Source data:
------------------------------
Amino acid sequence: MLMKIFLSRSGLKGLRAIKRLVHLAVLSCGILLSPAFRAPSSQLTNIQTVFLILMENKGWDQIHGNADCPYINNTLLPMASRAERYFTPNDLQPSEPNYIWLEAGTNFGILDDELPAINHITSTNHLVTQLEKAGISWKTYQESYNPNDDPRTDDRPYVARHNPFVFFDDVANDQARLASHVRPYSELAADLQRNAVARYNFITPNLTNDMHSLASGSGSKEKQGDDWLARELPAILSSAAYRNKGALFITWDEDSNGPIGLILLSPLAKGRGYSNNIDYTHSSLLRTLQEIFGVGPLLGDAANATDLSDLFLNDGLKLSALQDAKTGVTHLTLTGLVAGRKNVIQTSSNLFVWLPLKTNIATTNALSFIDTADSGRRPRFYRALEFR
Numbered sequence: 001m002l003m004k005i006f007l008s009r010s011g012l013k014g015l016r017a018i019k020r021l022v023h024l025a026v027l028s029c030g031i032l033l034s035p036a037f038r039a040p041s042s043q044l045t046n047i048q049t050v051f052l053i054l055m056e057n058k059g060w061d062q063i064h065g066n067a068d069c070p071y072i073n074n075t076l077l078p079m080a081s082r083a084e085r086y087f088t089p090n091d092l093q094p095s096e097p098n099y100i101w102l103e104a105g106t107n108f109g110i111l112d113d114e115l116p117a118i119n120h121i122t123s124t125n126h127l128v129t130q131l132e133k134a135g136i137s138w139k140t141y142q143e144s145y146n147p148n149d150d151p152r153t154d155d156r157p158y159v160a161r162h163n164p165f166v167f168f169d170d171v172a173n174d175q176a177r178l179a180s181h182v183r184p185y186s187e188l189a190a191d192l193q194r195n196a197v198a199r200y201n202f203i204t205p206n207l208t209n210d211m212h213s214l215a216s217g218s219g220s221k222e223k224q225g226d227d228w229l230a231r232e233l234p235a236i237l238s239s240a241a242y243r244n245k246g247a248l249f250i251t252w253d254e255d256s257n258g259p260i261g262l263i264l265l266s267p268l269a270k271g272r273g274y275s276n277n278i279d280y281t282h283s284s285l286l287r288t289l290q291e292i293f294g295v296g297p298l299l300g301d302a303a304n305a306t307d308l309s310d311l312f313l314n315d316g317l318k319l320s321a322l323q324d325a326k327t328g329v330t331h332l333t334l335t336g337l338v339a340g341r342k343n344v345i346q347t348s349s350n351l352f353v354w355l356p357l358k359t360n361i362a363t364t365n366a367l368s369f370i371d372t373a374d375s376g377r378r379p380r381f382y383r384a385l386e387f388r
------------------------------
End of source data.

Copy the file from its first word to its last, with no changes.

Amino acid sequence: MLMKIFLSRSGLKGLRAIKRLVHLAVLSCGILLSPAFRAPSSQLTNIQTVFLILMENKGWDQIHGNADCPYINNTLLPMASRAERYFTPNDLQPSEPNYIWLEAGTNFGILDDELPAINHITSTNHLVTQLEKAGISWKTYQESYNPNDDPRTDDRPYVARHNPFVFFDDVANDQARLASHVRPYSELAADLQRNAVARYNFITPNLTNDMHSLASGSGSKEKQGDDWLARELPAILSSAAYRNKGALFITWDEDSNGPIGLILLSPLAKGRGYSNNIDYTHSSLLRTLQEIFGVGPLLGDAANATDLSDLFLNDGLKLSALQDAKTGVTHLTLTGLVAGRKNVIQTSSNLFVWLPLKTNIATTNALSFIDTADSGRRPRFYRALEFR
Numbered sequence: 001m002l003m004k005i006f007l008s009r010s011g012l013k014g015l016r017a018i019k020r021l022v023h024l025a026v027l028s029c030g031i032l033l034s035p036a037f038r039a040p041s042s043q044l045t046n047i048q049t050v051f052l053i054l055m056e057n058k059g060w061d062q063i064h065g066n067a068d069c070p071y072i073n074n075t076l077l078p079m080a081s082r083a084e085r086y087f088t089p090n091d092l093q094p095s096e097p098n099y100i101w102l103e104a105g106t107n108f109g110i111l112d113d114e115l116p117a118i119n120h121i122t123s124t125n126h127l128v129t130q131l132e133k134a135g136i137s138w139k140t141y142q143e144s145y146n147p148n149d150d151p152r153t154d155d156r157p158y159v160a161r162h163n164p165f166v167f168f169d170d171v172a173n174d175q176a177r178l179a180s181h182v183r184p185y186s187e188l189a190a191d192l193q194r195n196a197v198a199r200y201n202f203i204t205p206n207l208t209n210d211m212h213s214l215a216s217g218s219g220s221k222e223k224q225g226d227d228w229l230a231r232e233l234p235a236i237l238s239s240a241a242y243r244n245k246g247a248l249f250i251t252w253d254e255d256s257n258g259p260i261g262l263i264l265l266s267p268l269a270k271g272r273g274y275s276n277n278i279d280y281t282h283s284s285l286l287r288t289l290q291e292i293f294g295v296g297p298l299l300g301d302a303a304n305a306t307d308l309s310d311l312f313l314n315d316g317l318k319l320s321a322l323q324d325a326k327t328g329v330t331h332l333t334l335t336g337l338v339a340g341r342k343n344v345i346q347t348s349s350n351l352f353v354w355l356p357l358k359t360n361i362a363t364t365n366a367l368s369f370i371d372t373a374d375s376g377r378r379p380r381f382y383r384a385l386e387f388r